The Game of Othello
“A minute to learn… a lifetime to master!”. Despite having very simple rules the game of Othello is rich in strategy and deserves its place among the “classics” such as chess or checkers. The game is played on a board of 64 squares (like a chessboard but all squares are the same colour) and 64 discs which are black on one side and white on the other. A move consists of placing a disc in such a way that it “captures” the other player’s discs by flipping them over to one’s own colour. The player with the most discs of his own colour facing up at the end of the game is declared the winner.
The exact origins of the game are still unknown but a popular game known as “Reversi”, very similar to Othello, was played in 19th century England (for copyright reasons Othello is often still referred as Reversi on the internet). Then in 1971, Goro Hasegawa of Japan “re-invented” the game making some slight adjustments to the rules and marketed the game under the name “Othello”. Othello was an instant success, first in Japan, and soon all around the world. Since 1977 a World Othello Championship has been organised every year.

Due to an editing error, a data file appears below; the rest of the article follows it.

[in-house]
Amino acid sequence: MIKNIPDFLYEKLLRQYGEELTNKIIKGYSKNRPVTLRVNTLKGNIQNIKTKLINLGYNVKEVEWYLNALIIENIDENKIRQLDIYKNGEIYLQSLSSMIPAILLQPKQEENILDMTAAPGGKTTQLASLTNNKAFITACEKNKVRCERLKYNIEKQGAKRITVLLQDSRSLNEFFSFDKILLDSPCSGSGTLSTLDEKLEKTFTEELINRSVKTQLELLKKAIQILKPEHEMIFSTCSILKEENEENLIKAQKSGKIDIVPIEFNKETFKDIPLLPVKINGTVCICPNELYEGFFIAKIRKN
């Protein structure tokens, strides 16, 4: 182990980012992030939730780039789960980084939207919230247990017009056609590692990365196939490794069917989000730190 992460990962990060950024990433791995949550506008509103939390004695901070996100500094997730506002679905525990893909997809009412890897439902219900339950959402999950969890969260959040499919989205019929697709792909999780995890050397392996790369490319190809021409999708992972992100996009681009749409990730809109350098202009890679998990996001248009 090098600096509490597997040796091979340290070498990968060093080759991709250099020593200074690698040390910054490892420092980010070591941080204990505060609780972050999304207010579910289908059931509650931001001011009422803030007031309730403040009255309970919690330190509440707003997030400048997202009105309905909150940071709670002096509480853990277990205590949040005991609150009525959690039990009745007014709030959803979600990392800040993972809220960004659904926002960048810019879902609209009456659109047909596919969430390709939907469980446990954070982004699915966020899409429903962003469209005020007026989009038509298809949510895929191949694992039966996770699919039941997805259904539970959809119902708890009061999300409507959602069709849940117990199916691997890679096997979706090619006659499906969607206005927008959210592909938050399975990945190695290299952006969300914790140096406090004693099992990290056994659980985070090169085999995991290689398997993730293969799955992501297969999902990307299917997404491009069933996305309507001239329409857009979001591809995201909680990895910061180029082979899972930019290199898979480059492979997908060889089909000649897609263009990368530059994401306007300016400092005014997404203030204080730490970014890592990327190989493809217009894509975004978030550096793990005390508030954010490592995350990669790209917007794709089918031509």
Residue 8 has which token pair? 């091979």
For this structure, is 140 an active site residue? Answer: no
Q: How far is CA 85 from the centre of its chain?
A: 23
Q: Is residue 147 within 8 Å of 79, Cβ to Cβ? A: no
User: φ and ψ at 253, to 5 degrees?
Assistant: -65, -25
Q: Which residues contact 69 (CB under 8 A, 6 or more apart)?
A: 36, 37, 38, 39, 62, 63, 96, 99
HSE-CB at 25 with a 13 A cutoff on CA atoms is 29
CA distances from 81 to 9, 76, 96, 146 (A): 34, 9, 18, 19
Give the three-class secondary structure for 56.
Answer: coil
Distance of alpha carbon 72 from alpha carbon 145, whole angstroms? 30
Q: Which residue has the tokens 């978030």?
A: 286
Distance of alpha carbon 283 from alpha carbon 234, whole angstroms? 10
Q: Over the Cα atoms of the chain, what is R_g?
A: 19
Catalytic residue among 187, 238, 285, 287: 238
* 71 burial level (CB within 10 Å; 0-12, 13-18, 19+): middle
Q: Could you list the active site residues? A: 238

Rules & Strategy
|AOF pamphlet||Rules of the game and a few very basic tips|
|Othello: Brief & Basic||Ted Landau’s classic Othello strategy booklet (1990 edition)|
|Brian Rose’s book||Othello strategy book written by the 2001 World Champion Brian Rose|
|OZthello No.1||OZthello was the newsletter of the AOF between 1996 and 1997.
These newsletters contain Othello strategy articles and tournament reports written by players from all over the world.
Thanks to Emmanuel Lazard who kindly scanned all three issues for us.